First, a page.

Boo Radley is a character in the novel who is much maligned and suffers because of the tales that surround him, to the point that he has been in his house for many, many years. There is apparently even a "malevolent phantom," the cause of many crimes and strange occurrences, which emanates from the Radley house. And, if the children ever knock a ball into the garden, the ball is never retrieved but is simply "lost." The children are intrigued by Boo and, prompted by Dill, they consider ways to encourage Boo to come out of the house.
One day, whilst running home from school, Scout spots a piece of tin-foil sticking out of the knot-hole in a tree in the Radley garden. Despite her fear, she takes it and discovers that it contains two pieces of gum which she examines when she gets them home, half expecting to die after having licking one of them. On the last day of school, Scout points out another piece of tinfoil to Jem and he takes it. This time, it is a small box, "purple velvet," and it contains coins, pennies called "Indian-heads."
After finding a ball of twine in the knot-hole which they leave there for a few days in case it belongs to someone, the children conclude that, actually, these things are for them. The next things they find there are two small carved soap figures, a boy and a girl. A few weeks later, there was a whole pack of chewing gum and no such worries about being poisoned as the children devoured the pieces. Next, there was a medal, a spelling medal from many years before and then their greatest find, a pocket-watch.
Unfortunately, the children will not be able to find any more treasures as, when they return to put a thank you note in the hole, they discover it has been filled with cement.
One day Scout finds gum in the tree near the Radley home. On the last day of school the two children walk home together. They find a package covered with foil and containing two scrubbed, Indian-head pennies in the tree near the Radley Place.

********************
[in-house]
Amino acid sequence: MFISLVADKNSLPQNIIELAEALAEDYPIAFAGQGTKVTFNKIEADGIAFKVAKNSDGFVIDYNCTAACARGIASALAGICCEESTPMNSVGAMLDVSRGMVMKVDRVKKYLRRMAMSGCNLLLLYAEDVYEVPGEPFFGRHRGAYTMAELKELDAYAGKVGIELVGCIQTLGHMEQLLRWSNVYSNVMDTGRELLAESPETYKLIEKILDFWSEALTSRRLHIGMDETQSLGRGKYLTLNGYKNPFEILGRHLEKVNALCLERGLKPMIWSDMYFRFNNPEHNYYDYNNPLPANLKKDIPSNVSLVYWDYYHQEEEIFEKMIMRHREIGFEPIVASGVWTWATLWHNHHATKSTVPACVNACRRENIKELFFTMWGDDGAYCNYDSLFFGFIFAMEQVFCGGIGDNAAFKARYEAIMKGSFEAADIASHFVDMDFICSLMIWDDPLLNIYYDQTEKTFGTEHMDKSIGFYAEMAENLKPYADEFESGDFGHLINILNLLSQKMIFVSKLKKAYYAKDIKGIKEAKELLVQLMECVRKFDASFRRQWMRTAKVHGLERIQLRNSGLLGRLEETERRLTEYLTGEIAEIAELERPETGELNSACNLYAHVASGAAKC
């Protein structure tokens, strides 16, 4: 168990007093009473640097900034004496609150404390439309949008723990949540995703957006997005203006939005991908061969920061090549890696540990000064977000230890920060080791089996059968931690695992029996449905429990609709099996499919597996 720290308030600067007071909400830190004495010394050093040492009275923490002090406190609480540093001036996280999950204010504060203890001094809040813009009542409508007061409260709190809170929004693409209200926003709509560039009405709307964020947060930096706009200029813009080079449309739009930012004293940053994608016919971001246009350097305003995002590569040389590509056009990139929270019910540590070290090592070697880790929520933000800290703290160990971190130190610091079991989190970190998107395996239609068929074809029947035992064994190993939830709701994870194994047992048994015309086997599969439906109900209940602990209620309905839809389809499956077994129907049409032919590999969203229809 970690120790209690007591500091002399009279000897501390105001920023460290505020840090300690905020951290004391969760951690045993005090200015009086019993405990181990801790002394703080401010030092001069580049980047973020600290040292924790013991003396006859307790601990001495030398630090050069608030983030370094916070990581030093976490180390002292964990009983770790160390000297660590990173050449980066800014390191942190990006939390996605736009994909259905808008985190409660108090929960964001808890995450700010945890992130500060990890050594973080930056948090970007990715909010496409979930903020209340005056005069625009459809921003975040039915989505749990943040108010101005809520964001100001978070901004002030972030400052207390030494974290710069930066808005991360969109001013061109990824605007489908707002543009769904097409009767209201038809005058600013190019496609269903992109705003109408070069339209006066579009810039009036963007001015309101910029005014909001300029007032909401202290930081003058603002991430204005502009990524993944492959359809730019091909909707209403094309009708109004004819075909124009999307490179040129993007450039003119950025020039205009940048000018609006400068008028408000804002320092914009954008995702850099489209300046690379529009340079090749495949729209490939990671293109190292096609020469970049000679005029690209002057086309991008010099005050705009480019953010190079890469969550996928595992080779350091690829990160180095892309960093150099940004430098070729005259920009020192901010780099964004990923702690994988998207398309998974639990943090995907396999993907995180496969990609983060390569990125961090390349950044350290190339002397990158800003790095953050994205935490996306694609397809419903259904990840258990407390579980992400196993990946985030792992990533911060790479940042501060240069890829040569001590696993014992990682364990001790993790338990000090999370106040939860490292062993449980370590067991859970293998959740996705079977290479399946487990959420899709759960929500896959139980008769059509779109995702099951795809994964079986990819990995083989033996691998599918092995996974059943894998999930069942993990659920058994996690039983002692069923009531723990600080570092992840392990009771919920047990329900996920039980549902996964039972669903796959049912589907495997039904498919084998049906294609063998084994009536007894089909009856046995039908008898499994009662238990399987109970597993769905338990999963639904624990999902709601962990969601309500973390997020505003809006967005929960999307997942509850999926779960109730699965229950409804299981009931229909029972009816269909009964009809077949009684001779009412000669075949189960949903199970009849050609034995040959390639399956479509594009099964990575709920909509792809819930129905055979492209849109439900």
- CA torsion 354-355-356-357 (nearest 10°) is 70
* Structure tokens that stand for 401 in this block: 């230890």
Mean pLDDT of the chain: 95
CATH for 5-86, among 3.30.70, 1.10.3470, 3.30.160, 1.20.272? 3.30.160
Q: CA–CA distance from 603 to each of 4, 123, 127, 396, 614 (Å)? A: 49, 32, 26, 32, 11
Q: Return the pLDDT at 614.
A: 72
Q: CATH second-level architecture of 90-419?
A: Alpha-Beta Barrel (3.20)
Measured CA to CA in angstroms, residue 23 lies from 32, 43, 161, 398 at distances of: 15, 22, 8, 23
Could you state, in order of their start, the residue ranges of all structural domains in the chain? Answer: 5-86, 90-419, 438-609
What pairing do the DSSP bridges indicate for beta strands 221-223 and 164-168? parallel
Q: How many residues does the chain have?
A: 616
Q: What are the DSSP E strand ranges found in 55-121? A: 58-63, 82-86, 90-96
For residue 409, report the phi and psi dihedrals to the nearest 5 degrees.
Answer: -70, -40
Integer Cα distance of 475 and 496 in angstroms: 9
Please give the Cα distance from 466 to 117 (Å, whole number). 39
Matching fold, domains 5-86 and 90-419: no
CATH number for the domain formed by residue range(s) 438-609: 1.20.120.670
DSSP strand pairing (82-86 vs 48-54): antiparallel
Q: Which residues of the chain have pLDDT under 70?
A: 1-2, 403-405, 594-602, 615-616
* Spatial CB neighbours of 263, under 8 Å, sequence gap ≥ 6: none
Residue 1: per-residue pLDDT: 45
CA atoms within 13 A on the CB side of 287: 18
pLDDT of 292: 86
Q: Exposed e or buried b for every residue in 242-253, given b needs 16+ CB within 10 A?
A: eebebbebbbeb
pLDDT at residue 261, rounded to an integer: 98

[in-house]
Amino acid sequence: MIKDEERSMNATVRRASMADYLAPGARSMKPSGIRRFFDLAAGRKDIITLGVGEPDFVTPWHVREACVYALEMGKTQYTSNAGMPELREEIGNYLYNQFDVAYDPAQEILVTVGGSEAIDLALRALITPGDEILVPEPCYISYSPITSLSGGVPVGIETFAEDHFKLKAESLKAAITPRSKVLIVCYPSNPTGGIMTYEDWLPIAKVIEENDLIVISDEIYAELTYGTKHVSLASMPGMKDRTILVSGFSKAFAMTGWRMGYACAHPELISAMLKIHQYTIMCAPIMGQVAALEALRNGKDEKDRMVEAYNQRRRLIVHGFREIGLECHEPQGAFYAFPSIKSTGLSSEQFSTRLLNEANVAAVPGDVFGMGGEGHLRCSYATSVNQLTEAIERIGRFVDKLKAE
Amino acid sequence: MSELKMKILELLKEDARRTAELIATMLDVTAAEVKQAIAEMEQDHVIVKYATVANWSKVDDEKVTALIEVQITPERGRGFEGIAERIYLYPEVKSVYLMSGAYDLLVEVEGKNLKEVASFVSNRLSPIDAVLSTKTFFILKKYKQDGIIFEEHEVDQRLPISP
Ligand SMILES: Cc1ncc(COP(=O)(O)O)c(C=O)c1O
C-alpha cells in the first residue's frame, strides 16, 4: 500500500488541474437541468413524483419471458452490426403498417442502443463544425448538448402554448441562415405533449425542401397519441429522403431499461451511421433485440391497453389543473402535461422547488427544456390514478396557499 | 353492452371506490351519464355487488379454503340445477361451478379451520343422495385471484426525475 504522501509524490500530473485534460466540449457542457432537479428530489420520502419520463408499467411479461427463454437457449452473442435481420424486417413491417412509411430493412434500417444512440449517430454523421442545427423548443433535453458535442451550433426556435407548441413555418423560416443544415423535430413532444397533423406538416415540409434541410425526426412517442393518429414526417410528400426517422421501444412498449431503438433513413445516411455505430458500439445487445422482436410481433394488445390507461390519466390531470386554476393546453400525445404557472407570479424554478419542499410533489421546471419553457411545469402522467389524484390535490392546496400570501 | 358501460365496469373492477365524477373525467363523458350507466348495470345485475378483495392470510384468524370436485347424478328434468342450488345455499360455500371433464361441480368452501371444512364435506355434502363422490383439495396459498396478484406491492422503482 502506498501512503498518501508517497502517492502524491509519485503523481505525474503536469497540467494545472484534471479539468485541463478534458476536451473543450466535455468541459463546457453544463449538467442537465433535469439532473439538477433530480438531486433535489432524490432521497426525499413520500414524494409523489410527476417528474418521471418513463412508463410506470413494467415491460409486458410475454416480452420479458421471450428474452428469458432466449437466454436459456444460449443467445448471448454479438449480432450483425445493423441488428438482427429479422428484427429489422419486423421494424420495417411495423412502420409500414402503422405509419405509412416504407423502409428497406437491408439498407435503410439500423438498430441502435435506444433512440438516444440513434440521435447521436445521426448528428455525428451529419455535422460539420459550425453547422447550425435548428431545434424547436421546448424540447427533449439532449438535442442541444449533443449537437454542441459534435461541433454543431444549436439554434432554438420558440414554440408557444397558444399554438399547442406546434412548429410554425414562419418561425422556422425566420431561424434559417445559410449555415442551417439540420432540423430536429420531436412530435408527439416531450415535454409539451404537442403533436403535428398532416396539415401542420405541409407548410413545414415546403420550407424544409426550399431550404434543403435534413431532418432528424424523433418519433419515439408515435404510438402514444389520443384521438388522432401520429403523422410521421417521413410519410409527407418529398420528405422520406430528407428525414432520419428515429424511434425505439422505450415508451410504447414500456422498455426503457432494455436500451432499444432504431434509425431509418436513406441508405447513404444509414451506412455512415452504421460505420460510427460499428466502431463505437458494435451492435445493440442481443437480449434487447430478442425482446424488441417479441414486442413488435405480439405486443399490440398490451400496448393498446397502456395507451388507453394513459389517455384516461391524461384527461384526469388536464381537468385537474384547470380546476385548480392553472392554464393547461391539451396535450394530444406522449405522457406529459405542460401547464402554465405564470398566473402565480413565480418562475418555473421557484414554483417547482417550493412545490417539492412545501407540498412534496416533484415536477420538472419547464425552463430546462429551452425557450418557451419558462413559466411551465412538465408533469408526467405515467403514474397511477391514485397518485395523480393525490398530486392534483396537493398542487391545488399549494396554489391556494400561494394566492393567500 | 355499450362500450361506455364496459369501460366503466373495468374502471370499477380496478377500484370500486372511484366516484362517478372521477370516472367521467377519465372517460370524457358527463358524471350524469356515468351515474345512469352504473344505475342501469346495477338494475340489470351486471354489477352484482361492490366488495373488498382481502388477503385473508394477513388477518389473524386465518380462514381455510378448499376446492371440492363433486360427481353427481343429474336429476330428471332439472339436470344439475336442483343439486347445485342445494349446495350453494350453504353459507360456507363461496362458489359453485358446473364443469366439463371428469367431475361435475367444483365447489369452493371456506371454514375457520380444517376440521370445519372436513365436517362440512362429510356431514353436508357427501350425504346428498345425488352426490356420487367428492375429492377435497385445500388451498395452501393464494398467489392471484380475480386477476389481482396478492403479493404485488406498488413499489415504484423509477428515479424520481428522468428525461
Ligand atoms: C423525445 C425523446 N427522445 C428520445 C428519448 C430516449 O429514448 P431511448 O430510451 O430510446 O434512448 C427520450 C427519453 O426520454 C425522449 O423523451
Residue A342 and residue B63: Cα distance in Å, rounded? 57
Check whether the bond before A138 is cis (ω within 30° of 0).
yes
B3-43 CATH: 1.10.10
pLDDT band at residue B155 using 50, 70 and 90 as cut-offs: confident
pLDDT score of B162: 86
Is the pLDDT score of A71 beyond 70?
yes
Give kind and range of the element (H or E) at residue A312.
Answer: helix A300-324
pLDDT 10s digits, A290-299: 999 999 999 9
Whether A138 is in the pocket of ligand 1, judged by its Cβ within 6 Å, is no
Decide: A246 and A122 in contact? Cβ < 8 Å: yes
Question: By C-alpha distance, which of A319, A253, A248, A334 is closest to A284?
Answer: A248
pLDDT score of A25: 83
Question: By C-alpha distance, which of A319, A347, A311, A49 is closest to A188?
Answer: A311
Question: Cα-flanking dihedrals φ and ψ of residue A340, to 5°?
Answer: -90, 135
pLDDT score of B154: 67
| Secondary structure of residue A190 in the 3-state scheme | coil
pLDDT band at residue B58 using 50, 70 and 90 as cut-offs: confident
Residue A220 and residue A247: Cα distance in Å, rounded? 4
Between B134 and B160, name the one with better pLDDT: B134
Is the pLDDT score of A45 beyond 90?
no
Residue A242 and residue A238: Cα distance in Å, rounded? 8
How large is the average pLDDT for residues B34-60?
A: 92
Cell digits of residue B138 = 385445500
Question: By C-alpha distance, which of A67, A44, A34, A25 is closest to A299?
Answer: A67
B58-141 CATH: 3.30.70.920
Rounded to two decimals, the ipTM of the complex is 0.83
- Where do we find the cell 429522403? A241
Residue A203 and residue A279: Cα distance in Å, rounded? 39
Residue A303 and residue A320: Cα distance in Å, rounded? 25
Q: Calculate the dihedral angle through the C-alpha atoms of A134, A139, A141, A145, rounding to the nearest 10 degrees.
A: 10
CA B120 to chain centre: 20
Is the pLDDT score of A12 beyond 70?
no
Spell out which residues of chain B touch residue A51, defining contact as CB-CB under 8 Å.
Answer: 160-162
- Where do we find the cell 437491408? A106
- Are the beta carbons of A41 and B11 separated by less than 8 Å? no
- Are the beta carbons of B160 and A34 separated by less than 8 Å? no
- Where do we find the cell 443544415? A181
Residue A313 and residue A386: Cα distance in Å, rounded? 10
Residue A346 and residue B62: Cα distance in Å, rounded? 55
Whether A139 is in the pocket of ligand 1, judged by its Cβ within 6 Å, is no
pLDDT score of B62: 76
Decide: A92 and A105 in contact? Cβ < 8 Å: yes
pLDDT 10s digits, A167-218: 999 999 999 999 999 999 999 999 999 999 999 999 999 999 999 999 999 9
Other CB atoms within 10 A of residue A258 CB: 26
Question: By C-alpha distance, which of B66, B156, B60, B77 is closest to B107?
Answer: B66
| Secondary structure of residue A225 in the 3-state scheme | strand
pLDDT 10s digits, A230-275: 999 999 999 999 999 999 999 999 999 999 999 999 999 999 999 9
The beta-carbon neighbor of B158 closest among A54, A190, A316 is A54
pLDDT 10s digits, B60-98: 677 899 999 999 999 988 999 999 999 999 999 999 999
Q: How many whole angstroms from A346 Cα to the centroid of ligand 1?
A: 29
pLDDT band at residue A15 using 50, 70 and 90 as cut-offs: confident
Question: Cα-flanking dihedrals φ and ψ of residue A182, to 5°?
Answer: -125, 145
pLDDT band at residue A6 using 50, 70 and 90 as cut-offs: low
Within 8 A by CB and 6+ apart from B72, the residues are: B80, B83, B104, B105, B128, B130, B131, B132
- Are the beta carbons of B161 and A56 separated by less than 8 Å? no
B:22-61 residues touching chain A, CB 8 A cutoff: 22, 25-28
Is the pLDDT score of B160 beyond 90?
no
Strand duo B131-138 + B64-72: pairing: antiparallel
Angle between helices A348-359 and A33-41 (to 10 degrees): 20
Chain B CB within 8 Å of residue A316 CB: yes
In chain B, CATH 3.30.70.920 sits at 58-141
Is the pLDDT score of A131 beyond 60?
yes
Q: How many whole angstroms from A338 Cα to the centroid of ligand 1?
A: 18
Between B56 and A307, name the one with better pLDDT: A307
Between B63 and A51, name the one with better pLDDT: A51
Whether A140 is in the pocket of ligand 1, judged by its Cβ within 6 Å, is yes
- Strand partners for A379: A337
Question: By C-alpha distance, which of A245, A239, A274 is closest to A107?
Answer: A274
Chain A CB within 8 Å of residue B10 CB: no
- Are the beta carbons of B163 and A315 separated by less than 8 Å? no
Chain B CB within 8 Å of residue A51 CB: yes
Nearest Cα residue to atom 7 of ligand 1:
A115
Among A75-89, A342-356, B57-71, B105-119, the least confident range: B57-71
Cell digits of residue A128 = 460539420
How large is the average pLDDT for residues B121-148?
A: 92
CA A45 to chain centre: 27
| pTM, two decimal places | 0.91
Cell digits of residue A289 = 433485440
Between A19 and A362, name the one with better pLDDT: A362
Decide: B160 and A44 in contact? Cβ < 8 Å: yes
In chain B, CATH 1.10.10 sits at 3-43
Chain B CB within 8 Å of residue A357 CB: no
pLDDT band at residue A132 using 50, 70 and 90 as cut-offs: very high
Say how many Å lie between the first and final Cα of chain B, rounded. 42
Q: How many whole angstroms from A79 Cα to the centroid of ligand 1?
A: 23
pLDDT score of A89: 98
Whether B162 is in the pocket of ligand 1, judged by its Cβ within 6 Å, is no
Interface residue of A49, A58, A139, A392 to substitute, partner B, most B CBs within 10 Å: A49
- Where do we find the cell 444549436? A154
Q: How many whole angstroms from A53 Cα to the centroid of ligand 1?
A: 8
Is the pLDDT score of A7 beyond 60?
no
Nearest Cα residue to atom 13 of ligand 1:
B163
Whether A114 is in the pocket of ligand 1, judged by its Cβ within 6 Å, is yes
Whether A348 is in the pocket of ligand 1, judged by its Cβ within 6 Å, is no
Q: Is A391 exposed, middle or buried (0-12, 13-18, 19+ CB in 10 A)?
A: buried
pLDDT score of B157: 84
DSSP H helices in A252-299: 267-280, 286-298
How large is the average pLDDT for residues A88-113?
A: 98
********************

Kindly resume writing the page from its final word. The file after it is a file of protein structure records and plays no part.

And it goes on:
The first gift was couple of pieces of gum that was found by Scout first. Then it was a ball of twine, soap figures, a pack of gum, a medal, and a broken pocket watch with a knife attached to it.
The First time Scout and Jem found a chewing gum the second time they found a watch, the third time they found 2 dolls
there was also the indian head coins!
so to sum it all up there was gum, yarn, soap, more gum, medal, indian coins, pocket watch, and knife.
gum, yarn,2 buffalow indain-head coins,pockitwacth
1st A gray ball of twine (Pg.78)
2nd 2 small images carved in soap. I was a figure of a boy and one with a dress (Pg.80)
3rd A pack of gum
4th A tarnished medal (Pg.81)
5th A pocket watch that didn’t run with a knife attached to it (Pg.81)
They find sticks of gum, 2 indian head pennies, a pocket watch, 2 soap carved dolls, twine, and a spelling bee medal.
In chapter 4 of To Kill a Mockingbird, Jem and Scout begin finding objects left for them to discover inside a knot-hole of an oak tree at the Radley's. The first object Scout discovered was a piece of Wrigley's Double-Mint gum. The second object they find is a box with two polished Indian-head pennies. The third object was two small images carved out of soap that looked like Jem and Scout. The most valuable item Jem and Scout found was a pocket watch on a chain and aluminum knife. Soon after finding the pocket watch, Mr. Nathan Radley filled the knot-hole with cement.
they alo found soap dolls
Scout and Jem found, Wrigleys Chewing Gum, Also two indian head pennies, and Two Soap Dolls of a boy and a girl that looked like them...
hope this helps,
I don't know which things you mean that they have found -- why you are asking what else they found.
The first thing that is found is the sticks of chewing gum that Scout finds in Chapter 4. Next, Jem finds a box with a couple of pennies inside (still in Chapter 4.) In Chapter 7, they find a lot of things. For example, they find some more chewing gum. Most impressively, they find a couple of really nicely made dolls. The dolls are clearly meant to look like Jem and Scout -- they have the same kinds of clothes and the same hairstyles as the kids.